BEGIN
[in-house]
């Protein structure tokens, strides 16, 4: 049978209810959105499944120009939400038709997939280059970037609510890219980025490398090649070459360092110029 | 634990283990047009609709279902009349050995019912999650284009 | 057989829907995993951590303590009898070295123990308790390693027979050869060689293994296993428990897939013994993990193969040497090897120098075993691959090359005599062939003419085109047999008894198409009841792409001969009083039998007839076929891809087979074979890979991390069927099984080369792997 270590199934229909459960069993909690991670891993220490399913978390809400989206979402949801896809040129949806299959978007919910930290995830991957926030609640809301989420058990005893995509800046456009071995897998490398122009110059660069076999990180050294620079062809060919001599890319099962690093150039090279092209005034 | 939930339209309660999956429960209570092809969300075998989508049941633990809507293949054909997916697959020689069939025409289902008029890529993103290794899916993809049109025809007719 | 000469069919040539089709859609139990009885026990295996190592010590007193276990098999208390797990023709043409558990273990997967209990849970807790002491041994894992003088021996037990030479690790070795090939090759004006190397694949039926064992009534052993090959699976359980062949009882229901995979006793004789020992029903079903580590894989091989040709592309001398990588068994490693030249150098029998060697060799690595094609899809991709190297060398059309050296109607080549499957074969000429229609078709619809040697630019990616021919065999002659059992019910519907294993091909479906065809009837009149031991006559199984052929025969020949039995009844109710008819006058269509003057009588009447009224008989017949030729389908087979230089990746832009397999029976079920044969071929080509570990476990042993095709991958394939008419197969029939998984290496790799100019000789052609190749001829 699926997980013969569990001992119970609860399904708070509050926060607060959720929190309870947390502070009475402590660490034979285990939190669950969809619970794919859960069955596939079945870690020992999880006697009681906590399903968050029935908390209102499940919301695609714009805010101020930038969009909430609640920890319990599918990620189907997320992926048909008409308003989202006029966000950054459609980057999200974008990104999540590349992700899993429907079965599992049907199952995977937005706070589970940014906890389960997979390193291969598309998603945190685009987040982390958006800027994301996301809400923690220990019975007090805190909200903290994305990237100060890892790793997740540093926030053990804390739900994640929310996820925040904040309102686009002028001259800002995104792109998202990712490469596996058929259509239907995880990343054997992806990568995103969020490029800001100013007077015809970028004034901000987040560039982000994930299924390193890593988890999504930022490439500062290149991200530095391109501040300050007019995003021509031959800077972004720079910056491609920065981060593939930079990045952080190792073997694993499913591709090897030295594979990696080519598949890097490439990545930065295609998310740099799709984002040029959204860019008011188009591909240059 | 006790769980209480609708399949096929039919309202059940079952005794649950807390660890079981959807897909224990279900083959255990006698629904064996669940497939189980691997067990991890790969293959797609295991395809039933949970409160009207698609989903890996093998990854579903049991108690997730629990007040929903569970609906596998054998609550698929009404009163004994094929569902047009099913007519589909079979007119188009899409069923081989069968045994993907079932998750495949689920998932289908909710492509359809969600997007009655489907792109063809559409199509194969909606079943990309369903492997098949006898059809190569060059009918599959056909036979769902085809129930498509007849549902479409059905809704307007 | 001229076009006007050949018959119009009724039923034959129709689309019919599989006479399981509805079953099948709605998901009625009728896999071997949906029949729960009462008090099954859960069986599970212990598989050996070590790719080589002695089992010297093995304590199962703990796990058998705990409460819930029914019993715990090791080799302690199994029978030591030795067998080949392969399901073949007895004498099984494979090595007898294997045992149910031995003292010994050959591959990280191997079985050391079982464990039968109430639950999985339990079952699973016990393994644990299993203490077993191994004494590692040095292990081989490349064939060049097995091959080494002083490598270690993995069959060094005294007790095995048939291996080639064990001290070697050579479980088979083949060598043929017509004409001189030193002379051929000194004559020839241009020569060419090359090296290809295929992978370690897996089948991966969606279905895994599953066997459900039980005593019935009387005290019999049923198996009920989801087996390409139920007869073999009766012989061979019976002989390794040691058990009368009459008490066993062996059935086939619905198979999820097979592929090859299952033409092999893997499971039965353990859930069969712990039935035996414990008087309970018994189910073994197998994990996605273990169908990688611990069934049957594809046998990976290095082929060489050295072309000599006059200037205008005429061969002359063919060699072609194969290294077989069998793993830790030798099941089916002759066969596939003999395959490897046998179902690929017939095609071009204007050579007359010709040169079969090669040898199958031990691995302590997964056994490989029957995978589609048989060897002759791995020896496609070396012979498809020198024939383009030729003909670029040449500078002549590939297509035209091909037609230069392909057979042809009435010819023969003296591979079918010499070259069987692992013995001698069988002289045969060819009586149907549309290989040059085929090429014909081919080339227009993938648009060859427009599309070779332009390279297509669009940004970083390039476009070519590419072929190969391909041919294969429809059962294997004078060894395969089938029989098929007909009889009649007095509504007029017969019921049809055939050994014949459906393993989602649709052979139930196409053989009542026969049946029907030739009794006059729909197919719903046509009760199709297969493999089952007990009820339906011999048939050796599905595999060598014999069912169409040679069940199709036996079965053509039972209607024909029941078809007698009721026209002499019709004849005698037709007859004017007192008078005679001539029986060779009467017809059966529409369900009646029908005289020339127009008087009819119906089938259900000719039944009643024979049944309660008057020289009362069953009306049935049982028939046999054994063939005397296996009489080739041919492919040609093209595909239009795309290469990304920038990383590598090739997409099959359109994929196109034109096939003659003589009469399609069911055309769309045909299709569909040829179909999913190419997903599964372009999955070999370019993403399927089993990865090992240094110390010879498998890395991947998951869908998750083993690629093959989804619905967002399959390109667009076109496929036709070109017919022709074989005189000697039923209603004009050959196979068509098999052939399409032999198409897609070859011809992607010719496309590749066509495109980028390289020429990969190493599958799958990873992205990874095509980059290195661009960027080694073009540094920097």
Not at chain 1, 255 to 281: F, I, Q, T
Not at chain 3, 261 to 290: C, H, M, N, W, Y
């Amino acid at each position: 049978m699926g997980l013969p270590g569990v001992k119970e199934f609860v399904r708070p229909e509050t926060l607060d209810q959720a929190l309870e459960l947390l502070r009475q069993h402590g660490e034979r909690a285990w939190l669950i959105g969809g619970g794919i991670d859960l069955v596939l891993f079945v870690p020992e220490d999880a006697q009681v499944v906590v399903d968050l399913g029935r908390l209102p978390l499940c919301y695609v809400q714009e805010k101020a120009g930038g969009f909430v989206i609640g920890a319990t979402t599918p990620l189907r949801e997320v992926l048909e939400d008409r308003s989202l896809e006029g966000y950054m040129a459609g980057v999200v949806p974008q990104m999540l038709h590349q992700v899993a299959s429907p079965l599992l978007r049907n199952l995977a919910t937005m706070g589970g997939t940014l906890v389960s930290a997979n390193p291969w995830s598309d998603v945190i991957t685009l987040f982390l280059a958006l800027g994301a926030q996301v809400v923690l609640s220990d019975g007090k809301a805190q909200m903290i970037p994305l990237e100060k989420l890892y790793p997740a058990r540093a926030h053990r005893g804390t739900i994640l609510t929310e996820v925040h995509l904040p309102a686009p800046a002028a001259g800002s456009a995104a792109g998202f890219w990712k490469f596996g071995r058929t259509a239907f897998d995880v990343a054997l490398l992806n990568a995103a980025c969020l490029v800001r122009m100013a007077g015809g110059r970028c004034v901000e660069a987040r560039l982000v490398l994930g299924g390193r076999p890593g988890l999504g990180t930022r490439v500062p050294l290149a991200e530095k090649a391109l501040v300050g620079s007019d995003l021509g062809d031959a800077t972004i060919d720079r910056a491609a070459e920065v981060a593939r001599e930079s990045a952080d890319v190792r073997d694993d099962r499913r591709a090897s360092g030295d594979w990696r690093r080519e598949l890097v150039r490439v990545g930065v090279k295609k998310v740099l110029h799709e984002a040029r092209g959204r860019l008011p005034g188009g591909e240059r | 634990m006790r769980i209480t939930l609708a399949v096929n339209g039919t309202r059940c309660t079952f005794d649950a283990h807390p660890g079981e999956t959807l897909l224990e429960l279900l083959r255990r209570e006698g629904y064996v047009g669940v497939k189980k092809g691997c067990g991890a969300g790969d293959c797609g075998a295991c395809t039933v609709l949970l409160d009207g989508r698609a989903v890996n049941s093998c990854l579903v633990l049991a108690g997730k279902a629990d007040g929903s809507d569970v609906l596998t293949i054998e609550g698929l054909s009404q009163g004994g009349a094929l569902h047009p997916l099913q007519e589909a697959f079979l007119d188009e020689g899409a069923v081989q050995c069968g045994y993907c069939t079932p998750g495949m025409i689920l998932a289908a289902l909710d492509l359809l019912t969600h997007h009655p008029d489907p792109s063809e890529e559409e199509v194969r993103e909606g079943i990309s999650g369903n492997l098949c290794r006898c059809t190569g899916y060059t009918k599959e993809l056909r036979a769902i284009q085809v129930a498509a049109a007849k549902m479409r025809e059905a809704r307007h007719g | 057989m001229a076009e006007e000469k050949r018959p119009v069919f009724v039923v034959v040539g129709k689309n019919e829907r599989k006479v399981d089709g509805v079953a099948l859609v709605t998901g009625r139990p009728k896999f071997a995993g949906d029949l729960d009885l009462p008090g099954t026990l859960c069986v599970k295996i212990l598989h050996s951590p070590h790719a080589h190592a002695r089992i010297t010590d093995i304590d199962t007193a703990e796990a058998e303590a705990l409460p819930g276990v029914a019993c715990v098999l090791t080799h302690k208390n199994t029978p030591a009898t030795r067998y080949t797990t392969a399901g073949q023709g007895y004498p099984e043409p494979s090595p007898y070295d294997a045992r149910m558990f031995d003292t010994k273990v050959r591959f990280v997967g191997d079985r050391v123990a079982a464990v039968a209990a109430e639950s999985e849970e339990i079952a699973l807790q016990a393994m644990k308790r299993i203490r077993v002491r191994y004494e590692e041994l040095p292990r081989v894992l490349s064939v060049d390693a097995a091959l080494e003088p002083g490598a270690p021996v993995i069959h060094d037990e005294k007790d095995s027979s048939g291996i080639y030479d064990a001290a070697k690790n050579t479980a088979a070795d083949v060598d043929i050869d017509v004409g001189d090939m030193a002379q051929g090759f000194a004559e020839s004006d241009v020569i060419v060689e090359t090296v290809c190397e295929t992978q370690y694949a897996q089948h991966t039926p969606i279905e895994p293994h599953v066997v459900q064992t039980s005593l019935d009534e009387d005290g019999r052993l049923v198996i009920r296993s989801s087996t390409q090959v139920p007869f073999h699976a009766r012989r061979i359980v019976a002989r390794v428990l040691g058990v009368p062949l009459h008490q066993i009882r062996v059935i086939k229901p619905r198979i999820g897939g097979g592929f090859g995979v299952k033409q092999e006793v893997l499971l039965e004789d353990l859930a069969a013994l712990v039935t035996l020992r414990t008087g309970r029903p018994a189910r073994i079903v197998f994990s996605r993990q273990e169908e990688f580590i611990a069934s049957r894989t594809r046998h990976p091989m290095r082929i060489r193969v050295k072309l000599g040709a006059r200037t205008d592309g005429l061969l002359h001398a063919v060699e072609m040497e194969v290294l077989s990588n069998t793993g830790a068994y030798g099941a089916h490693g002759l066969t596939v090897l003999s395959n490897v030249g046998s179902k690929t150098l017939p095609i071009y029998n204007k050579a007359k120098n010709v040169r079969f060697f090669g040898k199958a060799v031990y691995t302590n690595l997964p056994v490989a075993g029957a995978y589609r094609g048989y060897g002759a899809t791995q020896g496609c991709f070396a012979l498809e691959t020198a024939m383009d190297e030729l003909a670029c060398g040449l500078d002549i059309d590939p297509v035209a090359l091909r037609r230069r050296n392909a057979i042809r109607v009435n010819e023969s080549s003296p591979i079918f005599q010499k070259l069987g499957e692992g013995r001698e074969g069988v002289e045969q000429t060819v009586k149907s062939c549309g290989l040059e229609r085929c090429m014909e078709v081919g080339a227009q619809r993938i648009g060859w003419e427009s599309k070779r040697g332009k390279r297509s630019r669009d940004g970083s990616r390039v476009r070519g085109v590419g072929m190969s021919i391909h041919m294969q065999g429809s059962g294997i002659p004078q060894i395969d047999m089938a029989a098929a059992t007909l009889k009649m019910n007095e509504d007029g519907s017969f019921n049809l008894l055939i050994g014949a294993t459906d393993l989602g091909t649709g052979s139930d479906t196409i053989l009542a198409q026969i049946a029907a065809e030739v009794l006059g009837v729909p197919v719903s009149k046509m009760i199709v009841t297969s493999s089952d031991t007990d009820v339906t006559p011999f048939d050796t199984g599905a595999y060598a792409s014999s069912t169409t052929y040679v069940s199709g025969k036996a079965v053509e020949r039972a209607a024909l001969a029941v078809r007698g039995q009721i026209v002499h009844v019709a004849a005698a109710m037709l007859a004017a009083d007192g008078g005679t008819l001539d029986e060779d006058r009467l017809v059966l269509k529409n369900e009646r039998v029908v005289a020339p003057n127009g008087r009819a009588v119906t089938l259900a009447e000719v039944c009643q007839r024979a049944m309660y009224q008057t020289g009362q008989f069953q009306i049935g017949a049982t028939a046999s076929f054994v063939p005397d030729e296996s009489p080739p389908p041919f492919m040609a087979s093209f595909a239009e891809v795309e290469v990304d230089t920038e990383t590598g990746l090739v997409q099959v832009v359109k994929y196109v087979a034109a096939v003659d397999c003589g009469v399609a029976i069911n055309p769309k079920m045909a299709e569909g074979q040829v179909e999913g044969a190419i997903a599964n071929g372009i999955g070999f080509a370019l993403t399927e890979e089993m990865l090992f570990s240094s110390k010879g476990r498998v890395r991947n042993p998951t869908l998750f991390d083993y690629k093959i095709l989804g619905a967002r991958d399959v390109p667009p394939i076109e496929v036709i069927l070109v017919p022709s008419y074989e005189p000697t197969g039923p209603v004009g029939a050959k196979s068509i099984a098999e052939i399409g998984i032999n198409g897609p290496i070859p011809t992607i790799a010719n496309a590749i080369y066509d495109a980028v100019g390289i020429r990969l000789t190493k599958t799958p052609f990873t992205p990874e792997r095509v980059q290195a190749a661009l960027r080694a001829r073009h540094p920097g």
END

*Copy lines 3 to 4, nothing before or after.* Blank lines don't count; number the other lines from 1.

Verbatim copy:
Not at chain 1, 255 to 281: F, I, Q, T
Not at chain 3, 261 to 290: C, H, M, N, W, Y